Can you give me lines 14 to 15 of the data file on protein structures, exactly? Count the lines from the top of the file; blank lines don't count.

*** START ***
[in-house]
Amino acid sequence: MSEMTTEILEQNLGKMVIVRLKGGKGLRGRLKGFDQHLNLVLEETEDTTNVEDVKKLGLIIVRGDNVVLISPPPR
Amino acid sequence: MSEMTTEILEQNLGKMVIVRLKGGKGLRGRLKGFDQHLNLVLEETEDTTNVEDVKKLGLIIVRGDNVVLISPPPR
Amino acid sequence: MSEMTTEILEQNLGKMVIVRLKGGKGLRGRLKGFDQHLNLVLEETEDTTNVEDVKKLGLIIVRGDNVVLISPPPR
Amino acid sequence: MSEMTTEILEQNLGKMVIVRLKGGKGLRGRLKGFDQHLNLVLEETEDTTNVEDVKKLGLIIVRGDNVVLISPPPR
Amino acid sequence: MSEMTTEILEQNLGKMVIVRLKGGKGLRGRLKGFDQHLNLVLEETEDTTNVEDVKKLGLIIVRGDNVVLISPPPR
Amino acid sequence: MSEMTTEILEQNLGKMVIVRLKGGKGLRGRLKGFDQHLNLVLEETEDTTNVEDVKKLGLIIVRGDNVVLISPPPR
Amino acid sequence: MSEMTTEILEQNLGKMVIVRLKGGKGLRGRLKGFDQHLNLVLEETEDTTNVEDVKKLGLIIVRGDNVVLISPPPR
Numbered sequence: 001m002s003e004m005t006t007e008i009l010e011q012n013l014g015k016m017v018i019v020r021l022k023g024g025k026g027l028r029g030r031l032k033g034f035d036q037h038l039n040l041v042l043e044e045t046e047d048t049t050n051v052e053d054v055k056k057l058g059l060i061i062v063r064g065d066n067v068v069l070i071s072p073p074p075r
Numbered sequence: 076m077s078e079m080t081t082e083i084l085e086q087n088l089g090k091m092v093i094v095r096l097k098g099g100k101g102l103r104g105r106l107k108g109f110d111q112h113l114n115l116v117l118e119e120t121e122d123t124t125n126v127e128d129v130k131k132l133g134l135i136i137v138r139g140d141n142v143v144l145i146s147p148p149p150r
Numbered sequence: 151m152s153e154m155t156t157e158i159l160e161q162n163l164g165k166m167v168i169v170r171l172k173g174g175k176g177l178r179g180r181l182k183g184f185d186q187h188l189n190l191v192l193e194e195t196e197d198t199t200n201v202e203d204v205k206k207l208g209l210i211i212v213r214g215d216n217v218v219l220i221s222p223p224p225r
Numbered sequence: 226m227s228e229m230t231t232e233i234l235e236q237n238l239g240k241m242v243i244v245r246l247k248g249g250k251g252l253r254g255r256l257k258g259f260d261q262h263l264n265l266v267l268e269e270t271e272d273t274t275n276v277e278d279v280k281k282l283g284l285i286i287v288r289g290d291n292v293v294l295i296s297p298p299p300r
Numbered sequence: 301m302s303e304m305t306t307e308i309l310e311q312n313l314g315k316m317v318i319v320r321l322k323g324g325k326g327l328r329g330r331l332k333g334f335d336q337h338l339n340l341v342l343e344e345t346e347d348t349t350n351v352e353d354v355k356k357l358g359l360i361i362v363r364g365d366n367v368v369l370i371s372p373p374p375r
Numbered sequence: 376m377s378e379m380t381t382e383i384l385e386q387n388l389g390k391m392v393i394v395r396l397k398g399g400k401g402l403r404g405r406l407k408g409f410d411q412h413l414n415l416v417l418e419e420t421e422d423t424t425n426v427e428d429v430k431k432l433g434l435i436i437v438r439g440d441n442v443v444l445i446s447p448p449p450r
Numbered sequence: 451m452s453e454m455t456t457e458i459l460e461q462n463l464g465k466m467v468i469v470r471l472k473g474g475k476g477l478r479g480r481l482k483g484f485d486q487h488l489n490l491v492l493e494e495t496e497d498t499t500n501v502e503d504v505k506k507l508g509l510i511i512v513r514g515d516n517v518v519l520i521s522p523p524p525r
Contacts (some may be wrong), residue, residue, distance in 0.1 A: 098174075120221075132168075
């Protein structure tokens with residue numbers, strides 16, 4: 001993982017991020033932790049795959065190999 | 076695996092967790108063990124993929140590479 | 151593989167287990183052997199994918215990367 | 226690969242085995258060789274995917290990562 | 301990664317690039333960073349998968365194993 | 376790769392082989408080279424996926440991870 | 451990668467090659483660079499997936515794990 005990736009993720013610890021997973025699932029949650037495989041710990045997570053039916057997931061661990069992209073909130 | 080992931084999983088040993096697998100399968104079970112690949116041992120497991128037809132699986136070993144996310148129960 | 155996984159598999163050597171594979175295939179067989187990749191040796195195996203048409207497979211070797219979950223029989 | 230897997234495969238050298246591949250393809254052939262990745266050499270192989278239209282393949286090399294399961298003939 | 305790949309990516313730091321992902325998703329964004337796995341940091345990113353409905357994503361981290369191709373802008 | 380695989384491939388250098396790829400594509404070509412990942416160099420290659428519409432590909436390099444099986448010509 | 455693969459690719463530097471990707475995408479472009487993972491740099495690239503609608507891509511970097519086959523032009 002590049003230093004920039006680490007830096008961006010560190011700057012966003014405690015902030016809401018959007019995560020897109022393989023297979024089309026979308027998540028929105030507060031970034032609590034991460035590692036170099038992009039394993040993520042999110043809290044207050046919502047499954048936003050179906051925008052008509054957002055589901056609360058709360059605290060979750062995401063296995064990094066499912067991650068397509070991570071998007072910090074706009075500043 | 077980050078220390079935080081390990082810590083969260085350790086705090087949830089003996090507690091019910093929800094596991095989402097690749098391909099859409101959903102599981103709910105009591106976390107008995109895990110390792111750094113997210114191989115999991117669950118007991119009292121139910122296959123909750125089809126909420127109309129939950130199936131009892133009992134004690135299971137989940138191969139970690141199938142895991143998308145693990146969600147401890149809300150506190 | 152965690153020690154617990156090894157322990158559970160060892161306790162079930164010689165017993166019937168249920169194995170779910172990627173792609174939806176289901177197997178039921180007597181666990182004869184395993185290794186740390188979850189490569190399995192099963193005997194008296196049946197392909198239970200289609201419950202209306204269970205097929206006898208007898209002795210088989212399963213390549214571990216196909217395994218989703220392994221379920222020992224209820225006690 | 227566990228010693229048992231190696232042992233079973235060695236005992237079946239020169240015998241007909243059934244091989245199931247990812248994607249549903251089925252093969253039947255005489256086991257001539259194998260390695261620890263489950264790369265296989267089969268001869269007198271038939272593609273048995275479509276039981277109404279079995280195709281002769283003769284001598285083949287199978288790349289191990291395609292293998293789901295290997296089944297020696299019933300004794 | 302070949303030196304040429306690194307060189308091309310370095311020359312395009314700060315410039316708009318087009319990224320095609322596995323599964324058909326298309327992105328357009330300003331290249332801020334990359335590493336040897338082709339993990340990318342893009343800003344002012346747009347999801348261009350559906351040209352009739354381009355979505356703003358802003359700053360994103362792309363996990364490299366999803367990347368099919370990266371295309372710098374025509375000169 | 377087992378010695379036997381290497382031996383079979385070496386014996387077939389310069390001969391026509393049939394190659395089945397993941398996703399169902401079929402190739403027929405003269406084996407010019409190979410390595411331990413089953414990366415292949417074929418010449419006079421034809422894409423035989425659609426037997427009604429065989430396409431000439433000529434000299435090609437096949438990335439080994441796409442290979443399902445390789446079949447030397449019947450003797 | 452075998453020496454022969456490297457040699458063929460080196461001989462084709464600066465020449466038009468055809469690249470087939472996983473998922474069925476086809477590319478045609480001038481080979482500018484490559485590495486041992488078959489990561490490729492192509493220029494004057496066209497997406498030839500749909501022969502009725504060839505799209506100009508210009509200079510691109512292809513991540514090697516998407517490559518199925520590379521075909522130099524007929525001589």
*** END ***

Numbered sequence: 376m377s378e379m380t381t382e383i384l385e386q387n388l389g390k391m392v393i394v395r396l397k398g399g400k401g402l403r404g405r406l407k408g409f410d411q412h413l414n415l416v417l418e419e420t421e422d423t424t425n426v427e428d429v430k431k432l433g434l435i436i437v438r439g440d441n442v443v444l445i446s447p448p449p450r
Numbered sequence: 451m452s453e454m455t456t457e458i459l460e461q462n463l464g465k466m467v468i469v470r471l472k473g474g475k476g477l478r479g480r481l482k483g484f485d486q487h488l489n490l491v492l493e494e495t496e497d498t499t500n501v502e503d504v505k506k507l508g509l510i511i512v513r514g515d516n517v518v519l520i521s522p523p524p525r